Archive for Discipline

Downsides of desire

Western psychology often leaves untreated the downsides of desire. In truth, desire is an extremely dangerous emotion that can drive one to despair. The problem with desire is that it is rooted in unreality. We believe that the object of our desire will bring us happiness, and because this belief is wrong, we waste our lives pursuing the wrong things. When we do get the object of desire, we may be temporarily happy. However, this happiness is not because of the object itself, it is because for a moment we are free of desire. Our unhappiness did not come from our lack, it come from our desire.

When we feel down, we naturally look for something to cheer us up. Because of this, desire can be an escape. It gives us something to focus on, something to want. The thought of having no desires seems depressing to some. It seems that there would be nothing to hope for, nothing to look forward to, no way to cheer oneself up when misery strikes.

The truth is that neither our desires, nor the objects of our desire, bring happiness. Happiness comes from training the mind to be at peace, from forgetting oneself and looking out for others, from removing destructive emotions. Desire is the root of attachment and greed, of discontentment, of anger and irritability. Be very careful to avoid taking it to excess.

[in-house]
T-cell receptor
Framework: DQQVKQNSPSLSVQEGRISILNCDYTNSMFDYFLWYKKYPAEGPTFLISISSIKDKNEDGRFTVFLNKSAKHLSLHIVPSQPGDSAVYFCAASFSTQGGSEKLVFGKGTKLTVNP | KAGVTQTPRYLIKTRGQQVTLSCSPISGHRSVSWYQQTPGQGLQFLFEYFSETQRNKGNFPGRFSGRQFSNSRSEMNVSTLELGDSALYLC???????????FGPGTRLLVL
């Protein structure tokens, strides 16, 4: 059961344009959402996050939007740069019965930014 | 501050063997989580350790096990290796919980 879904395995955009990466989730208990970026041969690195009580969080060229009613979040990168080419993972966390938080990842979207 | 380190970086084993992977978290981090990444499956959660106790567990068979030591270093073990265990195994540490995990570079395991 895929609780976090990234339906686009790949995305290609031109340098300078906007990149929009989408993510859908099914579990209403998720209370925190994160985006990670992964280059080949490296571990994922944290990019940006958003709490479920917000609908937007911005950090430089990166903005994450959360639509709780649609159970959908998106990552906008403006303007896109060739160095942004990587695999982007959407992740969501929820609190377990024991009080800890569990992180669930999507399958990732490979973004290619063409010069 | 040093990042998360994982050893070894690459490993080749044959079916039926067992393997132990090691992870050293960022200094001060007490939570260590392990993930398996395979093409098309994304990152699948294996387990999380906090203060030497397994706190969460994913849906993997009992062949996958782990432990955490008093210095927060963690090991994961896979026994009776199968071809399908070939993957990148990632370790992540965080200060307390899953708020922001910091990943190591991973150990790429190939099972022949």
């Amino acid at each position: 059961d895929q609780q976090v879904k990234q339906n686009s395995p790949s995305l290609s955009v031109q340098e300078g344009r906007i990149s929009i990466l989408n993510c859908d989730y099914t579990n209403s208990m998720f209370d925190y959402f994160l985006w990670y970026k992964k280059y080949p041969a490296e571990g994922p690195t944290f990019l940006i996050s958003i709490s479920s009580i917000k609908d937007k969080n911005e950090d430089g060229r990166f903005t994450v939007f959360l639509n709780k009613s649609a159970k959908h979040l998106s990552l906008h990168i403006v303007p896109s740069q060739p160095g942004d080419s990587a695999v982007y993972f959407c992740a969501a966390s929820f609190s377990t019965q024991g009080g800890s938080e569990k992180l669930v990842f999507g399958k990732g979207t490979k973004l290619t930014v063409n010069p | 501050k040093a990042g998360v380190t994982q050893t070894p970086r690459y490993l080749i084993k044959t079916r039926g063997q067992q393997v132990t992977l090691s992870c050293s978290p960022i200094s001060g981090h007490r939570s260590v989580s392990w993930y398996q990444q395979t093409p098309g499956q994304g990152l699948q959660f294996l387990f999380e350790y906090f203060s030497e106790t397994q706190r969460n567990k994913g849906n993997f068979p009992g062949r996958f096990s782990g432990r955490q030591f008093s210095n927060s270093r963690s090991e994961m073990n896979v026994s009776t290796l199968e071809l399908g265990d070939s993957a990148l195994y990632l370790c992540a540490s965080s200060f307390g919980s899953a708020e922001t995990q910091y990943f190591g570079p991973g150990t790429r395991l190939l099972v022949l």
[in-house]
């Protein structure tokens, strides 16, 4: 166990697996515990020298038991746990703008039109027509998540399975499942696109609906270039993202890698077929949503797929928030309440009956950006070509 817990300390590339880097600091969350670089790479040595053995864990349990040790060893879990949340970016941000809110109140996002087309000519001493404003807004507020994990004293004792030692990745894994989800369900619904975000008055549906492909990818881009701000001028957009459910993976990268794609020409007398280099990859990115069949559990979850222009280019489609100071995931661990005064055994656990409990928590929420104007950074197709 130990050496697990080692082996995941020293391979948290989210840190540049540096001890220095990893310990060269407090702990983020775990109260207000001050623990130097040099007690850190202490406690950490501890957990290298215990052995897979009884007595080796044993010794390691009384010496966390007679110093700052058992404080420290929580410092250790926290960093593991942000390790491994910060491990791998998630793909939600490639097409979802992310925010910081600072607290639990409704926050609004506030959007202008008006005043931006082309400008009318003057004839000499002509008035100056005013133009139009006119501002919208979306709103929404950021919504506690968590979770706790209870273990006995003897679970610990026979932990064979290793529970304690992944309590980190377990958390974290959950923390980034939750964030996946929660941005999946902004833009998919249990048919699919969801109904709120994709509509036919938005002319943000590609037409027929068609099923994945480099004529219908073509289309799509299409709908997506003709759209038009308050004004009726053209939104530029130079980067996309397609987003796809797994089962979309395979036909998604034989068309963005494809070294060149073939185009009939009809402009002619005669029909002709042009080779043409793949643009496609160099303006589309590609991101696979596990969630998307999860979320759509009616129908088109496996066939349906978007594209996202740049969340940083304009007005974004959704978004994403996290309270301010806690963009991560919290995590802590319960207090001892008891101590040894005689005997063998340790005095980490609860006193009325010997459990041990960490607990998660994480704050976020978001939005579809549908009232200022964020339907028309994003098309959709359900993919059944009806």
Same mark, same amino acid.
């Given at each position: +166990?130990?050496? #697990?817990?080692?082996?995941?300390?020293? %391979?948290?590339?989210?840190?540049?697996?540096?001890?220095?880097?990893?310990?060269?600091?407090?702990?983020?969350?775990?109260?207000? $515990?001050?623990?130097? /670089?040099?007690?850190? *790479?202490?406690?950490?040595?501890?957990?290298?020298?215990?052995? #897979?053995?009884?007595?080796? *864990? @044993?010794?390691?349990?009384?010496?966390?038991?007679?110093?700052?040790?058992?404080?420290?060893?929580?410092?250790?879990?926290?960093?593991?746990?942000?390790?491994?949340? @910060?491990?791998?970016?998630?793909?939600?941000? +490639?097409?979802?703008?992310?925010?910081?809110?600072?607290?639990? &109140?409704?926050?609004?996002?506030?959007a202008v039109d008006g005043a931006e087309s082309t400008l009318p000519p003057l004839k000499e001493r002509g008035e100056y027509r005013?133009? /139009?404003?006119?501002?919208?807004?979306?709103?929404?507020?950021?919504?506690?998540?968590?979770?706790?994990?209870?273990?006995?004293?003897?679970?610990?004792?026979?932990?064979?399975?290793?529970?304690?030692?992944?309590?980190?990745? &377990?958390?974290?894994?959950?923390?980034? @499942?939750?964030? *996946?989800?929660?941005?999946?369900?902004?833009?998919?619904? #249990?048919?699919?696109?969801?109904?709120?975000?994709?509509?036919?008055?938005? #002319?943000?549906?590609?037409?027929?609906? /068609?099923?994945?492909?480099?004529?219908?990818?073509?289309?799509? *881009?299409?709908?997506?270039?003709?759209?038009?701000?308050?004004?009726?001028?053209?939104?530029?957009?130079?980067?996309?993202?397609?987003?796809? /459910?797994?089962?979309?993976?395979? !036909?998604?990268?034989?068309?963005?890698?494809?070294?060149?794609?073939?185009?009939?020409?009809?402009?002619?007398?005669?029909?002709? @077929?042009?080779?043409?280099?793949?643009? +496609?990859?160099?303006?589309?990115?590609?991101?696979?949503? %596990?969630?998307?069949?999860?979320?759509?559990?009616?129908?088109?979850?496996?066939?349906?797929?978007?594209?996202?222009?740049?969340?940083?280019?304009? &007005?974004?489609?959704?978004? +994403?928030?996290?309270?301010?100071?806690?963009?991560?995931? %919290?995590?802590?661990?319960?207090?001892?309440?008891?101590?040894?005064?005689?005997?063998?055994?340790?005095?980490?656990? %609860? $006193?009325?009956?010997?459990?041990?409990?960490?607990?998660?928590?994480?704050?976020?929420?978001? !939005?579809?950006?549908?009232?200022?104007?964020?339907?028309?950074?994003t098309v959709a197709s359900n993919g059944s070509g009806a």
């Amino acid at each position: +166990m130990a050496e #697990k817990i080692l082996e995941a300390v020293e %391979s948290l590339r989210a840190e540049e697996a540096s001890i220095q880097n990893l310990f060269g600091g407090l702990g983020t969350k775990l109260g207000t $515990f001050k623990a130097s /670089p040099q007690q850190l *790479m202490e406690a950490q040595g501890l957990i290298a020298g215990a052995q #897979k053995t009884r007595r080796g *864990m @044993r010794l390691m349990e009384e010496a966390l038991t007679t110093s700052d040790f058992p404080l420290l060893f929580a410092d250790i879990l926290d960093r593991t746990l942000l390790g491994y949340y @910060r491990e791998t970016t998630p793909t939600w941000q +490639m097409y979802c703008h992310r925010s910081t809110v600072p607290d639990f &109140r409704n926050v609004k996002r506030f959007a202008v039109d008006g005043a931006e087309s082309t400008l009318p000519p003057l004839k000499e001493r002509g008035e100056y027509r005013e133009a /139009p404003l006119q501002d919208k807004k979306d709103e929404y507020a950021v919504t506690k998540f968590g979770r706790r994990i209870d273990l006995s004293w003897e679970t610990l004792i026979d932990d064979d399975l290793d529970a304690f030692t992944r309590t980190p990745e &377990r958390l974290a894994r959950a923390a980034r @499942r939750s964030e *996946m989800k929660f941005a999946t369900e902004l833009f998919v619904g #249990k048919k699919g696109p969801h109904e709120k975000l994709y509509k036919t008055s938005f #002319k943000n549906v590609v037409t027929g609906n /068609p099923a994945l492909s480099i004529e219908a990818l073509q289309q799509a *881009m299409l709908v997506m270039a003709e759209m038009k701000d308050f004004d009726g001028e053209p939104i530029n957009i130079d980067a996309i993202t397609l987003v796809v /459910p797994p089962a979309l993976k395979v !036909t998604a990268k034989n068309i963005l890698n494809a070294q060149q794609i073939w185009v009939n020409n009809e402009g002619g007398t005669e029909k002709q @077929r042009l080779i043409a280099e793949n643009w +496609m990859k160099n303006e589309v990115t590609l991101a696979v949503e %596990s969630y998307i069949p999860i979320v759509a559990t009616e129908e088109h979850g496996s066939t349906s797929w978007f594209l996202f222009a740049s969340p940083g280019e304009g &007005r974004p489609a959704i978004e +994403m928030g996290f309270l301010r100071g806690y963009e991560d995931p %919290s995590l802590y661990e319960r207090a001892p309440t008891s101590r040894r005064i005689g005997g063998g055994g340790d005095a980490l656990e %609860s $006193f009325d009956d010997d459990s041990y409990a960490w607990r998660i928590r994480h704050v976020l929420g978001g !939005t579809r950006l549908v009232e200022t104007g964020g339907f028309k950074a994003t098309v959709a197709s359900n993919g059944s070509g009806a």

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Action and belief

Many religious traditions have beliefs about vegetarianism. They teach that killing animals for food is wrong. Others see carnivorous behaviour as a natural part of life and eat meat cheerfully. However, there is also a large group of people who believe that eating meat is wrong, and yet continue to do so anyway. Similarly, there are people who may be against sweatshop labour but continue to buy clothing produced under these conditions, and so forth.

It is up to each of us to decide our stance on vegetarianism, sweatshop labour, and the like. Each issues has its set of pros and cons. However, once we have made our decision, it is very important to follow through with our beliefs. Otherwise we lose our integrity.

In addition, we must be ready to change our actions and beliefs should our original premises prove false. For example, we may buy fair-trade coffee, believing this to be beneficial to Third World countries. Then a new study may show that it is somehow harmful to their economy. If this were the case, we would have to change our beliefs. There is no point in stubbornly clinging to a belief if it is proven invalid.

In short, our beliefs have little meaning if we do not act upon them. Furthermore, they will soon become flawed if we are not courageous enough to change them when new evidence comes to light.

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